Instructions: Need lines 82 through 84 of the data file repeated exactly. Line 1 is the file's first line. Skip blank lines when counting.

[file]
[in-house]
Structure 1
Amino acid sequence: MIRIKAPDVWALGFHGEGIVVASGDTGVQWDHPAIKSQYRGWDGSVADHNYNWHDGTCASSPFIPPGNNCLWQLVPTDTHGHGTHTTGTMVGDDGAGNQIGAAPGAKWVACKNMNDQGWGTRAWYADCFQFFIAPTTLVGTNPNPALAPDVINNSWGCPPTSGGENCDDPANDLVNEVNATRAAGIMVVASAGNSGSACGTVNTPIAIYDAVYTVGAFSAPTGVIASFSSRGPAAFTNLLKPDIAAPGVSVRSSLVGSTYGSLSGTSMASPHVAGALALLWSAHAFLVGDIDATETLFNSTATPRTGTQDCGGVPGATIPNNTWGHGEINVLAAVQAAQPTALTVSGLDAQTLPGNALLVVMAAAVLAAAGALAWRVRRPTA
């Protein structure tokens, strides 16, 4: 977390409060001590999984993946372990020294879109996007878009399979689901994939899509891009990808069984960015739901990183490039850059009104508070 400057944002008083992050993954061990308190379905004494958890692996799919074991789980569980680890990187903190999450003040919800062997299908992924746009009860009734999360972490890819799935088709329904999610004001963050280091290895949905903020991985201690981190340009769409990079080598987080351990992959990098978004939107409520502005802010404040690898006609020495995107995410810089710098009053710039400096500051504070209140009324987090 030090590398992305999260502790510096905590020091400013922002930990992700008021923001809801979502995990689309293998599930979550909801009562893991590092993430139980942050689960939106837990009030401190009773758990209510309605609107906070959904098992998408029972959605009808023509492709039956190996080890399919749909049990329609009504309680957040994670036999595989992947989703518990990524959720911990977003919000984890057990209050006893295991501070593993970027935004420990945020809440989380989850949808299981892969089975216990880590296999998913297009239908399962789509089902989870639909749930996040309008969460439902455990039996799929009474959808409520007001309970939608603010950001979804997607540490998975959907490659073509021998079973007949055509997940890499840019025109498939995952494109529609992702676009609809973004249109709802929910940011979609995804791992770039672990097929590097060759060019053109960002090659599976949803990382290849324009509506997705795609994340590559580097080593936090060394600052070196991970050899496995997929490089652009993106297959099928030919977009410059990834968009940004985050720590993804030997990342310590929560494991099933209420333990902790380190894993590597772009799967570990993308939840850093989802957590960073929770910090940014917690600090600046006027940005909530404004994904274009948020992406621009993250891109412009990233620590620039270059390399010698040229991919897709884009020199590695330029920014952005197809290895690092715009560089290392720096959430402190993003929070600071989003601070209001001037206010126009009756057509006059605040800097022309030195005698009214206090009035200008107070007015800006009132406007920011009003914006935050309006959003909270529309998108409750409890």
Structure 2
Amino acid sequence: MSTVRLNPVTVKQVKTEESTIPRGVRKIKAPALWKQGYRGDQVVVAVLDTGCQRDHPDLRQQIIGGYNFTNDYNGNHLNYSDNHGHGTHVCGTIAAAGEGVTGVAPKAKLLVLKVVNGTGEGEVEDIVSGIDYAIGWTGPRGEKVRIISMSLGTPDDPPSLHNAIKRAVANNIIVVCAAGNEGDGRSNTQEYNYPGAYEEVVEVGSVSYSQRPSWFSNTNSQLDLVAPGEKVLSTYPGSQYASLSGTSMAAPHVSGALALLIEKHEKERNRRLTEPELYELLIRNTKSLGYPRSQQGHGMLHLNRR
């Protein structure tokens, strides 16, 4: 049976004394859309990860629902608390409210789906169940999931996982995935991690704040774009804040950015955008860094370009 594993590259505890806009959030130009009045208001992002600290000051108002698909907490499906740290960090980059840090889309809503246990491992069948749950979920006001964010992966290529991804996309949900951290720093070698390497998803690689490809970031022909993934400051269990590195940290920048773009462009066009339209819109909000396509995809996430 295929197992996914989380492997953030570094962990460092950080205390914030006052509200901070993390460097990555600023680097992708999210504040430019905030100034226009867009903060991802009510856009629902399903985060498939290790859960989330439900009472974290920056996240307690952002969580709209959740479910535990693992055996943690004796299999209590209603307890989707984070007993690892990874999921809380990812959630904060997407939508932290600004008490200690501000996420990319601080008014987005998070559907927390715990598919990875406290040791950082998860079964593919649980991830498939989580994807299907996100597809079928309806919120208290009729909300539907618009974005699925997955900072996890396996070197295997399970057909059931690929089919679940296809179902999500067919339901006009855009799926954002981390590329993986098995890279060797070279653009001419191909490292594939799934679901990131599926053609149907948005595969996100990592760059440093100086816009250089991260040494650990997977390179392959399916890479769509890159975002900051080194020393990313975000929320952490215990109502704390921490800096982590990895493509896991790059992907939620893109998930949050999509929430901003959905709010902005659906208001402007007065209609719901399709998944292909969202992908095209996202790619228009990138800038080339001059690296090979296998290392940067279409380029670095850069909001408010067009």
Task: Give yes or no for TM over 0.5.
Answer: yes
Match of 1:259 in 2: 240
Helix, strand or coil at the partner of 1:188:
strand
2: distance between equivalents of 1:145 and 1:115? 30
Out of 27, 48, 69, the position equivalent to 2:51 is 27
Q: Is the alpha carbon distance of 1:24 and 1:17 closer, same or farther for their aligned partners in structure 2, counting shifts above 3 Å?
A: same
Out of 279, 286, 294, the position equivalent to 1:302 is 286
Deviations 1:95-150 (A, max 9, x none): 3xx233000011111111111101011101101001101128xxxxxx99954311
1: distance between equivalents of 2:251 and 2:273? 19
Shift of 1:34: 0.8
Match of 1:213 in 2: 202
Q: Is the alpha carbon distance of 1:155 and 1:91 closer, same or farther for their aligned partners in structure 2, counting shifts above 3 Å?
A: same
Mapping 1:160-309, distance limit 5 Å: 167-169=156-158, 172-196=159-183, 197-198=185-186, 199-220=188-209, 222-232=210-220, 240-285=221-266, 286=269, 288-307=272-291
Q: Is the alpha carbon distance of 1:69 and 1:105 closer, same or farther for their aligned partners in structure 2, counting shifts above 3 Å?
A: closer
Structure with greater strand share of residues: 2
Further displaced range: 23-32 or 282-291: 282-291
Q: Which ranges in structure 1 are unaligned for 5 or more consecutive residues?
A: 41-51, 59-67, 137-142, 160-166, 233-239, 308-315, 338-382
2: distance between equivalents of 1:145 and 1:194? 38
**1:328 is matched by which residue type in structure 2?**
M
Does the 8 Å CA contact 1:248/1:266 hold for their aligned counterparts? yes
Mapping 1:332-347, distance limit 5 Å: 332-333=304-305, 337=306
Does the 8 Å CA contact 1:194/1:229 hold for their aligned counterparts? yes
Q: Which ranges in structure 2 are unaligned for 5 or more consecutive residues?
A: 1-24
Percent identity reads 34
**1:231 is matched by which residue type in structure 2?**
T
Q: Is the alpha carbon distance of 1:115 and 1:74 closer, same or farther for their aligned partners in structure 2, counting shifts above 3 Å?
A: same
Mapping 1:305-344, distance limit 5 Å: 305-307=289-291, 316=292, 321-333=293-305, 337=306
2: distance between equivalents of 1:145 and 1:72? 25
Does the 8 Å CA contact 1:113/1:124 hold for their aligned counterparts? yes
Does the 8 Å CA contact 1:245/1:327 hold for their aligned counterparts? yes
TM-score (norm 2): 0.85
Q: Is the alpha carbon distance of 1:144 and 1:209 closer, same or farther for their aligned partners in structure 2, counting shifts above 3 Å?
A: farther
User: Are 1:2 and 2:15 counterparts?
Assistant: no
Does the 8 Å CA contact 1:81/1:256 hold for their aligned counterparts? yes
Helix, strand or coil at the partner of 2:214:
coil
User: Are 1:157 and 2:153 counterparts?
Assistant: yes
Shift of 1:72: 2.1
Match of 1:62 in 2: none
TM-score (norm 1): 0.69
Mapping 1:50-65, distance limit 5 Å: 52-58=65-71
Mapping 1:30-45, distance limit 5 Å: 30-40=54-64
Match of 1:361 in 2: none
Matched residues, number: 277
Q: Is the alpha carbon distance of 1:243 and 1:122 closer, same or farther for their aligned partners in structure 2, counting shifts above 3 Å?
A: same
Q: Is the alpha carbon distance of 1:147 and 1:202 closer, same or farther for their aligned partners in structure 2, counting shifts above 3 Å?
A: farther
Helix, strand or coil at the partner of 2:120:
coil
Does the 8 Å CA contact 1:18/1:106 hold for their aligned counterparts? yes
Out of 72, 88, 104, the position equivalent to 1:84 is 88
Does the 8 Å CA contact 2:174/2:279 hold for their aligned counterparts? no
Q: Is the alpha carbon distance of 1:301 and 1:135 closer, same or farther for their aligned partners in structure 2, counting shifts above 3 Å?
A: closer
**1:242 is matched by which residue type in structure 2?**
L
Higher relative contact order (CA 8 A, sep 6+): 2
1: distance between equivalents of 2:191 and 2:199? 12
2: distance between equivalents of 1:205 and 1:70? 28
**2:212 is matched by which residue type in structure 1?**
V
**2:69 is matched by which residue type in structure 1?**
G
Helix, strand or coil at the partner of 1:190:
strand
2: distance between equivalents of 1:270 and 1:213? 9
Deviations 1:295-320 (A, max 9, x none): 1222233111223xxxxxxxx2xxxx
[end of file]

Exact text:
V
**2:69 is matched by which residue type in structure 1?**
G